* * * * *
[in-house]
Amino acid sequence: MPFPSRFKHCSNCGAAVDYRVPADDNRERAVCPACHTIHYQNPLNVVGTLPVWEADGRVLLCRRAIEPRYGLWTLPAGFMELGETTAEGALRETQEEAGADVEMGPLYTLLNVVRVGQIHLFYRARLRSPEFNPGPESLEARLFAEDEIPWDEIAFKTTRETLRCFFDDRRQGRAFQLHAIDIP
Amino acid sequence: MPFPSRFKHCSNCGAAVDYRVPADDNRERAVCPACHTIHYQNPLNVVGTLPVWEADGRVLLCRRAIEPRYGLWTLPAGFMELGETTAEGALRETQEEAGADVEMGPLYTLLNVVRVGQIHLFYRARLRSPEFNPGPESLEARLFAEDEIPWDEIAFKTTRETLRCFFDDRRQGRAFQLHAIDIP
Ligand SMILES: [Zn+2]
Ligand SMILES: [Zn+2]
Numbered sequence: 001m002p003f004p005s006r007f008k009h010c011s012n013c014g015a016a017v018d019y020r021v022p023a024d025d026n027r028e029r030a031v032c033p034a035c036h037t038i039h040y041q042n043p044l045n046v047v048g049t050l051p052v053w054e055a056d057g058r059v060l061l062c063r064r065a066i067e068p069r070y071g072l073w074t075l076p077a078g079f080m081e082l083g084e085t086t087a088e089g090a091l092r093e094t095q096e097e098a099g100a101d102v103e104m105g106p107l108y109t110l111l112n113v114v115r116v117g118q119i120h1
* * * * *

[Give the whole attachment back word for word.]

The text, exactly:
[in-house]
Amino acid sequence: MPFPSRFKHCSNCGAAVDYRVPADDNRERAVCPACHTIHYQNPLNVVGTLPVWEADGRVLLCRRAIEPRYGLWTLPAGFMELGETTAEGALRETQEEAGADVEMGPLYTLLNVVRVGQIHLFYRARLRSPEFNPGPESLEARLFAEDEIPWDEIAFKTTRETLRCFFDDRRQGRAFQLHAIDIP
Amino acid sequence: MPFPSRFKHCSNCGAAVDYRVPADDNRERAVCPACHTIHYQNPLNVVGTLPVWEADGRVLLCRRAIEPRYGLWTLPAGFMELGETTAEGALRETQEEAGADVEMGPLYTLLNVVRVGQIHLFYRARLRSPEFNPGPESLEARLFAEDEIPWDEIAFKTTRETLRCFFDDRRQGRAFQLHAIDIP
Ligand SMILES: [Zn+2]
Ligand SMILES: [Zn+2]
Numbered sequence: 001m002p003f004p005s006r007f008k009h010c011s012n013c014g015a016a017v018d019y020r021v022p023a024d025d026n027r028e029r030a031v032c033p034a035c036h037t038i039h040y041q042n043p044l045n046v047v048g049t050l051p052v053w054e055a056d057g058r059v060l061l062c063r064r065a066i067e068p069r070y071g072l073w074t075l076p077a078g079f080m081e082l083g084e085t086t087a088e089g090a091l092r093e094t095q096e097e098a099g100a101d102v103e104m105g106p107l108y109t110l111l112n113v114v115r116v117g118q119i120h1